The information in the association database may be used in various manners. In one implementation, the location information management application may receive a request from a mobile device that includes identity information for one or more beacons whose wireless signals were observed by the mobile device or sensor readings of sensors of the mobile device. The association database is accessed to determine one or more locations profiles corresponding to ambient profiles related thereto, and a location is returned. In another implementation, the location information management application may receive a request from a mobile device that includes a determined geographic location of the mobile device. Information from the association database is accessed to produce a tile is related to the geographic location, and the tile is returned. In still another implementation, the associations between the ambient profiles and the location profiles may be used to propagate information there between, for example, updating one or more ambient profiles based on information in one or more location profiles, or vice versa.

It should be understood that the example embodiment discussed in this Summary may include a variety of other features, including other features discussed below, and variations thereof. Further a variety of other embodiments may be utilized involving various combinations of the features discussed below and variations thereof. This Summary is intended simply as a brief introduction to the reader, and does not imply that the specific features mentioned herein are all the features of the invention, or are essential features of the invention.

BRIEF DESCRIPTION OF THE DRAWINGS

The description below refers to the accompanying drawings, of which:

FIG. 1 is a block diagram of an example computer that may interoperate with mobile devises to implement the presently described techniques;

FIG. 2 is a block diagram of an example software architecture that may be employed by a location information management application to establish semantic associations between location profiles and beacon profiles (or sensor profiles);

FIG. 3 is a flow diagram of an example sequence of steps that may be executed by a location information management application to establish semantic associations between location profiles and beacon profiles (or sensor profiles);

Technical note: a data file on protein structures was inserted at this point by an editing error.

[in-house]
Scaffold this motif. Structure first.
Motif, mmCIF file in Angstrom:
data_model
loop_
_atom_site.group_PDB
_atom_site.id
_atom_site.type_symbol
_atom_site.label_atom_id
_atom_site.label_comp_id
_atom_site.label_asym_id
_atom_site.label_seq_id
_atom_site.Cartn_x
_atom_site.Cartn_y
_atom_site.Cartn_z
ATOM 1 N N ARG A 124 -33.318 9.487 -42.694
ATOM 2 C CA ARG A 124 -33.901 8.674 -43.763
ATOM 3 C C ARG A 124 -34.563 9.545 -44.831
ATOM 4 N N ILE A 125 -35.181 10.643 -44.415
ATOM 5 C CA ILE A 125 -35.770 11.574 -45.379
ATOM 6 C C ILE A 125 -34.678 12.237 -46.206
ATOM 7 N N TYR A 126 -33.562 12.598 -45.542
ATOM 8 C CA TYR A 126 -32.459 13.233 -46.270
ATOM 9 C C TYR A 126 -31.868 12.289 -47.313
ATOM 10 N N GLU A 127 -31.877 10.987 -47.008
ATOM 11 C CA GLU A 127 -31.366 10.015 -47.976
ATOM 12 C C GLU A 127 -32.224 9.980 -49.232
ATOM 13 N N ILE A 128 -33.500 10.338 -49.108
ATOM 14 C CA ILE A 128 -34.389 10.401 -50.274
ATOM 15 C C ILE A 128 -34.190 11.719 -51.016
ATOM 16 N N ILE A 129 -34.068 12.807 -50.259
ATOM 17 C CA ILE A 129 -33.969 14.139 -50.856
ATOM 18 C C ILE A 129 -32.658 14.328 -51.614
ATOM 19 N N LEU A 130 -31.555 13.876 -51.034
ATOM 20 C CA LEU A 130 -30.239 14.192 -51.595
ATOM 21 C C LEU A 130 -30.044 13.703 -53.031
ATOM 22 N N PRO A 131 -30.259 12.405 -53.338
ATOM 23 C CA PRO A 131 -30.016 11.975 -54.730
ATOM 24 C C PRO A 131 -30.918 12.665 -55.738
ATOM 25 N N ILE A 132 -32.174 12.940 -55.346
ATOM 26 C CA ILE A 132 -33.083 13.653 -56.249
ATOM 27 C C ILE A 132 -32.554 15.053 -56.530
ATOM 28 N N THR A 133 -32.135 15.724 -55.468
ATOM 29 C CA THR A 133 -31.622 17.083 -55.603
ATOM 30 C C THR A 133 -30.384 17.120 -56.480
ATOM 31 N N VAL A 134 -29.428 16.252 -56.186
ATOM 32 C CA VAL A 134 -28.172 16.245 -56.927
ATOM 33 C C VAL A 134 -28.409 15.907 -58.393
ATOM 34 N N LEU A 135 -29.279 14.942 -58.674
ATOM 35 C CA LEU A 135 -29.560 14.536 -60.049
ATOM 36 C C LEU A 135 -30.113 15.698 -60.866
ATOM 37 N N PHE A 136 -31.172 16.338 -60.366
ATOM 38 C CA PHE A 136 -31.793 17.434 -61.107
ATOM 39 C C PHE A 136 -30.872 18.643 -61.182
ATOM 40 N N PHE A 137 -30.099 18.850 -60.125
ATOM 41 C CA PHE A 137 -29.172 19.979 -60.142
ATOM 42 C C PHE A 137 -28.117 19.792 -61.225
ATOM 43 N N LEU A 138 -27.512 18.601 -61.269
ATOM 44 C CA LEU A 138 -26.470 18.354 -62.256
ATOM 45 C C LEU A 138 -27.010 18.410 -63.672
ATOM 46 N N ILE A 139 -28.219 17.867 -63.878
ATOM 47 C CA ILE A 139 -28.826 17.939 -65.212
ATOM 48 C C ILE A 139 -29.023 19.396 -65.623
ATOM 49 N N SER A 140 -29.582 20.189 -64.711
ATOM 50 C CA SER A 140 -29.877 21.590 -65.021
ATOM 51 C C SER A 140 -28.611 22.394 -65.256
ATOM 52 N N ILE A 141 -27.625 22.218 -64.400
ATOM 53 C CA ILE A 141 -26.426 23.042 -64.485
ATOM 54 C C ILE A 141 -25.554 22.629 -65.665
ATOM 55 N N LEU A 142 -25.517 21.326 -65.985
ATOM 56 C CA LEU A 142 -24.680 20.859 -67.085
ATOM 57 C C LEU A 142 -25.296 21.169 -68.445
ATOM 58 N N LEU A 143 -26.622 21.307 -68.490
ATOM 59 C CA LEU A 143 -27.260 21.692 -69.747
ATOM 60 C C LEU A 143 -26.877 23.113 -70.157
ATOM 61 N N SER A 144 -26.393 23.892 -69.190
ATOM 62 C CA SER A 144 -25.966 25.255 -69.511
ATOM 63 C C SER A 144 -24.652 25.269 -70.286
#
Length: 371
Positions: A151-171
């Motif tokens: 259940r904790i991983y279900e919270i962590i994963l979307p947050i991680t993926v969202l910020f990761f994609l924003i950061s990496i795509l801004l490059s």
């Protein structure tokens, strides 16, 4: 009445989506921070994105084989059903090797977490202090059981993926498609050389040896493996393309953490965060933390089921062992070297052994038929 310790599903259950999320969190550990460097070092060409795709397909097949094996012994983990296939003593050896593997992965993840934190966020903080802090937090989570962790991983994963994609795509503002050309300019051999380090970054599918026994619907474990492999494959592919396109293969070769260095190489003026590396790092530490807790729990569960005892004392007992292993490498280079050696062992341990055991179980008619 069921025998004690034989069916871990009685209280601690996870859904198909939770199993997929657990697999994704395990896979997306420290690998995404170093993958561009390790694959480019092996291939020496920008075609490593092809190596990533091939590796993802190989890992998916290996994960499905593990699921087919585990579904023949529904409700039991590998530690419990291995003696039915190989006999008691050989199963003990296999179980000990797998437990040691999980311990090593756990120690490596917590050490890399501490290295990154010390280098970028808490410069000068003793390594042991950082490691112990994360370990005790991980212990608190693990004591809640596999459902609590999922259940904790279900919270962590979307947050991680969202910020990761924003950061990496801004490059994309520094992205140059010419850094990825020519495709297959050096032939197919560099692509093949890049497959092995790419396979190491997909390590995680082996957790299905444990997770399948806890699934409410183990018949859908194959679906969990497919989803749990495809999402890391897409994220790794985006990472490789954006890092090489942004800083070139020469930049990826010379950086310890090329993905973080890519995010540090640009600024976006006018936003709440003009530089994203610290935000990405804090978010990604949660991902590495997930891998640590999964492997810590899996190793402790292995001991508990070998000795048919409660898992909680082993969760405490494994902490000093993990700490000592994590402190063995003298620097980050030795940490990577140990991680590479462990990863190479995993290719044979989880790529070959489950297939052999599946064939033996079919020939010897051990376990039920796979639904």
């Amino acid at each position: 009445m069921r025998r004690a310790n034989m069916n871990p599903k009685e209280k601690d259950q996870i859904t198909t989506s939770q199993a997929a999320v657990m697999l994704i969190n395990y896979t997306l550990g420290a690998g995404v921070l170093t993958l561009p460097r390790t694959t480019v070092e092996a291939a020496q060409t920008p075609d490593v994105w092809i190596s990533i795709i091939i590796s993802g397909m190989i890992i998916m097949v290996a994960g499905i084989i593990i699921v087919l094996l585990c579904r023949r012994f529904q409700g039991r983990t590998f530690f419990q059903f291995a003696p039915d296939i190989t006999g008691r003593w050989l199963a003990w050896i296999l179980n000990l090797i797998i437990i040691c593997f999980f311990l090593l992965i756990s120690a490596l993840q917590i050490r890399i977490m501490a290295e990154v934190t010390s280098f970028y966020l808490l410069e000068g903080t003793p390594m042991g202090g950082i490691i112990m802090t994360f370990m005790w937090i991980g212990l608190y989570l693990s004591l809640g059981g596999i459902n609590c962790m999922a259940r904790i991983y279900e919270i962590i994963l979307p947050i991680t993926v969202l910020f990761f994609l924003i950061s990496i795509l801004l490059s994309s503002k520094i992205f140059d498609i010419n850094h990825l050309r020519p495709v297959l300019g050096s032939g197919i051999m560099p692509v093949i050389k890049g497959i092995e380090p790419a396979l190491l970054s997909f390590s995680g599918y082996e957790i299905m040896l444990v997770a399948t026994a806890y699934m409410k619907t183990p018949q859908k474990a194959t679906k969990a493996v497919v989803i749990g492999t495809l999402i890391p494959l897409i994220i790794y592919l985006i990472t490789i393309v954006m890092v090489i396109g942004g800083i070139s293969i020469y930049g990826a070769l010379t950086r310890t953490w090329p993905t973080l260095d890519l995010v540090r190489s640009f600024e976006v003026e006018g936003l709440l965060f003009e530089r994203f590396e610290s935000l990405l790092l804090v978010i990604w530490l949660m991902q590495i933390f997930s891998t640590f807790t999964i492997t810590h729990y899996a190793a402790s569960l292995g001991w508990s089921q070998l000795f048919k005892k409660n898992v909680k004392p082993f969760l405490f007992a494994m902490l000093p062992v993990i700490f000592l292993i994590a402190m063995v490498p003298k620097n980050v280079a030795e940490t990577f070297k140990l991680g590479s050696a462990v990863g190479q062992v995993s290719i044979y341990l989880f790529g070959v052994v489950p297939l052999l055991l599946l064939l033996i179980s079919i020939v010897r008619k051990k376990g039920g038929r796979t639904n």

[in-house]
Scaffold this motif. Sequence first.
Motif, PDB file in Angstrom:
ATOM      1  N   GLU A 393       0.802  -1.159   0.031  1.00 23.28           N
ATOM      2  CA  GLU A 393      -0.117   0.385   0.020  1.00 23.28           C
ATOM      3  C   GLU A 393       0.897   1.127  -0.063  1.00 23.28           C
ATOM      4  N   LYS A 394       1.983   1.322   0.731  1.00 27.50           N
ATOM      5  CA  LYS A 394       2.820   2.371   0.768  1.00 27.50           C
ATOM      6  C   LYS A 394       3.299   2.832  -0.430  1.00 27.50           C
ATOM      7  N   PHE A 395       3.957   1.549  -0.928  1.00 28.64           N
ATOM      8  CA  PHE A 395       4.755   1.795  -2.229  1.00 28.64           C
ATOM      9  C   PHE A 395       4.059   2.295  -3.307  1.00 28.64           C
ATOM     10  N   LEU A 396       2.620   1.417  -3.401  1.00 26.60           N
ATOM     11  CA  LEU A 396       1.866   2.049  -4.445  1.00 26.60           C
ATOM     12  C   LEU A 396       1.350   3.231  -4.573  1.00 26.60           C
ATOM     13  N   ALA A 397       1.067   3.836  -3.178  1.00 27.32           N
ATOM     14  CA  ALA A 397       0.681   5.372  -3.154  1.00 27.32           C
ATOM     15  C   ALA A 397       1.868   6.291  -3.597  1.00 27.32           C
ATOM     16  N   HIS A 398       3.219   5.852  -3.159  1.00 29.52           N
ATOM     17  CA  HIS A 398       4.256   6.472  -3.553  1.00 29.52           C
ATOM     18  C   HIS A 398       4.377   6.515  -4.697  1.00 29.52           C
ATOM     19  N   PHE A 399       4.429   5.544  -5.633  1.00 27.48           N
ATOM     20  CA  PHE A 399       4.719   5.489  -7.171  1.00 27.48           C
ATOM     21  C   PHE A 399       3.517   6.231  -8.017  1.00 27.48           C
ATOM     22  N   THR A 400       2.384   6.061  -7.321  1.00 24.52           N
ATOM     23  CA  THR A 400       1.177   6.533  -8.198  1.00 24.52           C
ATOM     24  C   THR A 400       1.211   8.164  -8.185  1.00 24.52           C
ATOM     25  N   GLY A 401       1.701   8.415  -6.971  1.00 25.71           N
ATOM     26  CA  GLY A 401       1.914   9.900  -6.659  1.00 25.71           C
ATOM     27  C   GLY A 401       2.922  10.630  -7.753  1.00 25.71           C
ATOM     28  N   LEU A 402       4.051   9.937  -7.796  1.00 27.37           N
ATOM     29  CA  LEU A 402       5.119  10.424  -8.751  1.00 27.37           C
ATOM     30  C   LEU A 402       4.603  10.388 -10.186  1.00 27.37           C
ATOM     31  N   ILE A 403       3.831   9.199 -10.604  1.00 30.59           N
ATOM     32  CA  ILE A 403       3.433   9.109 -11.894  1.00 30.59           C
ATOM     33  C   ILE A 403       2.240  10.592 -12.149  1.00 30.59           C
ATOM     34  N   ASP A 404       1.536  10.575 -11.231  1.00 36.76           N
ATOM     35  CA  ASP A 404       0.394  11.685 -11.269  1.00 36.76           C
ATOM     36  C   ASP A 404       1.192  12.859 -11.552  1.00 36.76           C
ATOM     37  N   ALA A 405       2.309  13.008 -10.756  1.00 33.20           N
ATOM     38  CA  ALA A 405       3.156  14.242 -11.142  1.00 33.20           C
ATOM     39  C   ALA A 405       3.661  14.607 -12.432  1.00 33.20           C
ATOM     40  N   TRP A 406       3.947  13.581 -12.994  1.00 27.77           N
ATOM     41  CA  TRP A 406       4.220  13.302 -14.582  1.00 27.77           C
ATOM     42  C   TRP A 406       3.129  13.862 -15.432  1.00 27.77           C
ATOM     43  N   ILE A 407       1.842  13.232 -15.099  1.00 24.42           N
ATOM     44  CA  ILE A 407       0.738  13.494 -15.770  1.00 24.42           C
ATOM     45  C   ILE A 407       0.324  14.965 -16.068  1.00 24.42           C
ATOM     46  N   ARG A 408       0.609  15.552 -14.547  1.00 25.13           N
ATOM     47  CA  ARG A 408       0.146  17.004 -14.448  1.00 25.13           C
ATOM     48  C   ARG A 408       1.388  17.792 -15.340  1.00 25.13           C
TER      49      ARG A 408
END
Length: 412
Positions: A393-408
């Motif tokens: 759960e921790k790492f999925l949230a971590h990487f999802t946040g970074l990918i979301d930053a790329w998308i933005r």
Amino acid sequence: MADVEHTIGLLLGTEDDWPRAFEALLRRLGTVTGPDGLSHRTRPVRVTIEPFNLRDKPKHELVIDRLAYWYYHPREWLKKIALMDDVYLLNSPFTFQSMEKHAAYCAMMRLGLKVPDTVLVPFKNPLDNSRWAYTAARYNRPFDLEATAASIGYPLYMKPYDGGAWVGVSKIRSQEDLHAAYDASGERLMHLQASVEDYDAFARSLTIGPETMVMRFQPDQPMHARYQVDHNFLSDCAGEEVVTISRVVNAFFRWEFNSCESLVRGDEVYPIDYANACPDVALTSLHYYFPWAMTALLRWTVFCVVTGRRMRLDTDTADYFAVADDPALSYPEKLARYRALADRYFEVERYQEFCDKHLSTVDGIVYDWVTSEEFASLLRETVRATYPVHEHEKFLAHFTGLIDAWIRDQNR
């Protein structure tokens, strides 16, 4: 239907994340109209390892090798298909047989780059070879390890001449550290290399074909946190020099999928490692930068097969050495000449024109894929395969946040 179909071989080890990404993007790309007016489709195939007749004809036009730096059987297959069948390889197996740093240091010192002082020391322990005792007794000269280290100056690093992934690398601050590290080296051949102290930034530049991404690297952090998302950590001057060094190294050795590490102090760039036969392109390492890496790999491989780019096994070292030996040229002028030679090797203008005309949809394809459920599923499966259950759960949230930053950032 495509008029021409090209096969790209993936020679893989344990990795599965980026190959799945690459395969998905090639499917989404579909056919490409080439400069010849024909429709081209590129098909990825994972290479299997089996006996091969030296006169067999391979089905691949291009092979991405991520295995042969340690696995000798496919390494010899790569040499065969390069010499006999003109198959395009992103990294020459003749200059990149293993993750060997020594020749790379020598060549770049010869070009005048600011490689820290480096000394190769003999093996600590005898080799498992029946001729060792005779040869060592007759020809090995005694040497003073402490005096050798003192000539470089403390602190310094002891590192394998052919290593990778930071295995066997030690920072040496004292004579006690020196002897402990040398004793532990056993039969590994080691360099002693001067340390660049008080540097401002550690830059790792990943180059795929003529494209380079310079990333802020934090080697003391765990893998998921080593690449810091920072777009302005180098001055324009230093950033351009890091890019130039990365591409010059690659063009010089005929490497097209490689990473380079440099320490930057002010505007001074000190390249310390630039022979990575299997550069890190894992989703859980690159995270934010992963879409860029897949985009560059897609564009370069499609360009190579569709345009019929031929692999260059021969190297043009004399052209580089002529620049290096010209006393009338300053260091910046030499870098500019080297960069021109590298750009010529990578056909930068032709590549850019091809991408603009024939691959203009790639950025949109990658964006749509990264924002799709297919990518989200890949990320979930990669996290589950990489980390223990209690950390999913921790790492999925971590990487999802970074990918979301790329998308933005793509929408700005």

FIG. 4 is a flow diagram of a sequence of steps of an example pattern extraction and evaluation algorithm that may be implemented as part of FIG. 3 for a case of ambient profiles being beacon profiles, beacons being Wi-Fi access points (APs) and locations being venues (e.g., of a venue chain, such as a retail store chain);

FIG. 5 is an example schema illustrating information associated with an example association database, for a case of ambient profiles being beacon profiles, beacons being Wi-Fi APs and locations being venues (e.g., of a venue chain, such as a retail store chain);

FIG. 6 is an example of extracting patterns, for a case of ambient profiles being beacon profiles, beacons being Wi-Fi APs and locations being venues of a venue chain, such as a retail store chain;

FIG. 7 is a diagram of an example message exchange that may be conducted between a mobile device, a computers and an association database (that may be part of the computer or separate), to determine locations (e.g., venues, parcels, buildings, etc.) visited by the mobile device; and

FIG. 8 is a diagram of an example message exchange that may be conducted between a mobile device, a computer and an association database (that may be part of the computer or separate), to determine locations (e.g., venues, parcels, buildings, etc.) visited by the mobile device and return tiles associated with those locations.

DETAILED DESCRIPTION

Definitions

As used herein, the term “mobile device” refers to an electronic device adapted to be transported. Examples of mobile devices include smartphones, tablet computers, and smartwatches, among other readily transportable electronic devices.

As used herein, the term “beacon” refers to a wireless module that can be identified uniquely. A beacon emits wireless signals (e.g., radio waves) and beacon information can be derived from the detection of these wireless signals. A beacon can have a fixed geographic location, or can be mobile. The beacon information may be extracted directly from the wireless signals, or determined after processing of the wireless signals (e.g., involving communication with a positioning system separate from the beacon). Examples of beacons include Wi-Fi APs, Bluetooth Low Energy (BLE) devices (Android® beacons, iBeacon® beacons, etc.), cellular base stations, and the like.

As used herein, the term “location” refers to a venue, a parcel or a building (or part thereof). Typically, a location covers some physical area, and therefore has a physical size. The term “location” should be understood to have a different meaning than the term “geographic location” which, as used herein, refers to a physical point on the Earth. A geographic location may be either precisely known or estimated by a positioning system.

As used herein, the term “venue” refers to a place with a semantically describable identity and a definable geography. Examples of venues include retail stores, restaurants, museums, etc. that encompass an entire building, part of a building, multiple buildings, outdoor space or other area. A venue may be an individual place or part of a venue chain of commonly owned or operated venues (e.g., a chain of retail stores). The geographic location of a venue (or of all venues in a venue chain) may not always be known. A venue may include one or more other venues (e.g., sub-venues) that encompass a part of their area.